Tips for working well with auditors Inside the Walmart breach

Working Well with Auditors 

For some IT professionals, the mere mention of an audit conjures painful images of being trussed and stuffed like a Thanksgiving turkey. If you’ve ever been through an audit that you weren’t prepared for, you may harbor your own unpleasant images of an audit process gone wrong. As recently as 10-15 years ago, many auditors were just learning their way around the “new world” of IT, while just as many computer and network professionals were beginning to learn their way around the audit world.

At that time, auditors were seen as the people that swooped in and made an IT staffer’s life miserable – by telling them where their controls were failing, by pointing out control deficiencies (both real and imaginary) to management, and by recommending difficult to implement fixes that may have satisfied a regulatory requirement but didn’t take into account the underlying business processes.

Caught in a communications stalemate, many IT and audit departments operated at odds for years. And, unfortunately, that’s where some of us still are. But the world keeps turning. It’s time to move on – to leverage the complimentary roles that IT and audit fulfill to achieve maximum effectiveness in our risk management programs. By working cooperatively with the internal or external audit teams, IT and security can gain support and cost-justification for risk mitigation projects.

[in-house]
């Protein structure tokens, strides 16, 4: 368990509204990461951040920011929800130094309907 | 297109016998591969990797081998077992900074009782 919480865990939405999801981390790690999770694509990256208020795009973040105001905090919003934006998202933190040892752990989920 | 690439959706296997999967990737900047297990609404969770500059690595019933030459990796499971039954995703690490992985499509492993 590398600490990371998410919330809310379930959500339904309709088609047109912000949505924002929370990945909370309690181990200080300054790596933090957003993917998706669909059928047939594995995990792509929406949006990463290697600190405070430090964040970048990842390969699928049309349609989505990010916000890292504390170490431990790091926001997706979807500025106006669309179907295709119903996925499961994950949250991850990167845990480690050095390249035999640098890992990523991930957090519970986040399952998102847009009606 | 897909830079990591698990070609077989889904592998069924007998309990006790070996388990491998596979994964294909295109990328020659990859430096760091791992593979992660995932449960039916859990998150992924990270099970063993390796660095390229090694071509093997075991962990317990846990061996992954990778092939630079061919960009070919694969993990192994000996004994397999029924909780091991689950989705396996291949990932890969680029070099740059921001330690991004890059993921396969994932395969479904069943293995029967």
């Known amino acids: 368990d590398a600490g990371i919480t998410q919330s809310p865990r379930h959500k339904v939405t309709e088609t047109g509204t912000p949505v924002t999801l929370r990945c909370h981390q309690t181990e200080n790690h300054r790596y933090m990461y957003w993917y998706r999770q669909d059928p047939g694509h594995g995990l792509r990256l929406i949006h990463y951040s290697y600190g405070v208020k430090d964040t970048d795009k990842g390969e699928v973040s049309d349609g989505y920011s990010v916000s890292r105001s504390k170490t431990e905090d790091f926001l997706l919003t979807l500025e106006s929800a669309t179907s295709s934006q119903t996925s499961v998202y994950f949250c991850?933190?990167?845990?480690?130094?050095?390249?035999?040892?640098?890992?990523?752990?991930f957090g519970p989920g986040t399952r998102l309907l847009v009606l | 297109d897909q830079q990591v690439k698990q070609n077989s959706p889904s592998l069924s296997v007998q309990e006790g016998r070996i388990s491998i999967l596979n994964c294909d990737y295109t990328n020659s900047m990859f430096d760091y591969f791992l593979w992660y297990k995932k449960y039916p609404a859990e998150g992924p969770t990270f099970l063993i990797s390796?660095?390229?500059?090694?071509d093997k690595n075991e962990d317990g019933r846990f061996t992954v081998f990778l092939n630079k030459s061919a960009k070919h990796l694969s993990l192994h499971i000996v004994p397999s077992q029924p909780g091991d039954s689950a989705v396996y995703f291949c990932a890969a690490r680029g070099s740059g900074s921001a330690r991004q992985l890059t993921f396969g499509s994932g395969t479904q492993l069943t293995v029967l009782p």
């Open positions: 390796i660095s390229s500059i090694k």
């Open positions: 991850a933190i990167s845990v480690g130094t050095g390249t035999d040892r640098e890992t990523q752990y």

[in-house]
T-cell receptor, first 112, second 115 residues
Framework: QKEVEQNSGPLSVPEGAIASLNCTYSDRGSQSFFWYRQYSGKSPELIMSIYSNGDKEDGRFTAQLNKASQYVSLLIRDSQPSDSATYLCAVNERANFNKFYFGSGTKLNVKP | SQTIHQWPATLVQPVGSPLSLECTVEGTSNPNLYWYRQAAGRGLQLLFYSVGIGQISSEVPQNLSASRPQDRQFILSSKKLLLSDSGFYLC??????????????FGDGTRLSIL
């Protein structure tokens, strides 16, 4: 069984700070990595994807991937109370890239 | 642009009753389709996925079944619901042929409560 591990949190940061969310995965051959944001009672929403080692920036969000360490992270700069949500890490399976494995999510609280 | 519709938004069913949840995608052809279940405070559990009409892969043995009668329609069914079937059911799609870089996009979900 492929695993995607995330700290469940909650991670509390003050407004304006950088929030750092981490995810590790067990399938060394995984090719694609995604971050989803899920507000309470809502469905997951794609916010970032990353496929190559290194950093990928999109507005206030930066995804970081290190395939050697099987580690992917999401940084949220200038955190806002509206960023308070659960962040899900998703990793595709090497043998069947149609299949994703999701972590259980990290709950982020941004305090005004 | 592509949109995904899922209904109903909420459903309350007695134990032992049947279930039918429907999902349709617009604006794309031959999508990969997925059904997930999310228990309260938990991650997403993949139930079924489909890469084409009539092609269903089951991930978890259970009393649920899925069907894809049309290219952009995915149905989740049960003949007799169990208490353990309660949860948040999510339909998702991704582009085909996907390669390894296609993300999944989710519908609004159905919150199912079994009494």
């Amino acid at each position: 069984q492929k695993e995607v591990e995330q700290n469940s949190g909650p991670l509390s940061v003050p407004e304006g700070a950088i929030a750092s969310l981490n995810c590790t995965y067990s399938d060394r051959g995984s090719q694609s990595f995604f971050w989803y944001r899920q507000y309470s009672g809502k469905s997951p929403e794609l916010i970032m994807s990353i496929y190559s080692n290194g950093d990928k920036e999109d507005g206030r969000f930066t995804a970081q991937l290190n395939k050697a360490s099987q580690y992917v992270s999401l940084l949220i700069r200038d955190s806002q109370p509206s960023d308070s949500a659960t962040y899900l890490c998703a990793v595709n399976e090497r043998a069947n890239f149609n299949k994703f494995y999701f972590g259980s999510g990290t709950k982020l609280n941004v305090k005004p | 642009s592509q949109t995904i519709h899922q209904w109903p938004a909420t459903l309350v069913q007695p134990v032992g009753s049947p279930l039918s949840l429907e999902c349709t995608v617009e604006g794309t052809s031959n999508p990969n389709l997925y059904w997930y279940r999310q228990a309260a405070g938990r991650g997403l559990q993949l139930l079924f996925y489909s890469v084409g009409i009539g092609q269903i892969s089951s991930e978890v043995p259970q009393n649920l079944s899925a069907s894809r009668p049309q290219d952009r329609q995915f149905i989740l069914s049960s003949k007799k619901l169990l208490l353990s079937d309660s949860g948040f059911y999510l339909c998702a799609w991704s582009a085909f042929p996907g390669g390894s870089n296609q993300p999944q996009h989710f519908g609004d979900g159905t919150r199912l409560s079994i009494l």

Turning Log Review into Log Management

Think it’s not possible for IT, security and audit to work well together? Not so – consider log management. Many regulations explicitly or implicitly require log review. PCI is explicit, requiring that every log, for every system in the cardholder data environment (CDE), be reviewed every day1. In healthcare, HIPAA calls for regular review of records2, like audit logs and FISMA, the Federal Information Security Management Act,3 calls for log review for federal agencies. What’s interesting about these mandates is that while all of them call for review of the log files, none of them specify how to accomplish a comprehensive log review program. Depending on the size of the organization and the number of systems on the network, the log files could account for gigabyte or even terabytes of data per week. Parsing through all of that information manually would be extremely labor intensive and inefficient. Automated log management: aggregating the log information into a central spot and using an automated parsing engine to sift through it all is a more effective and achievable approach.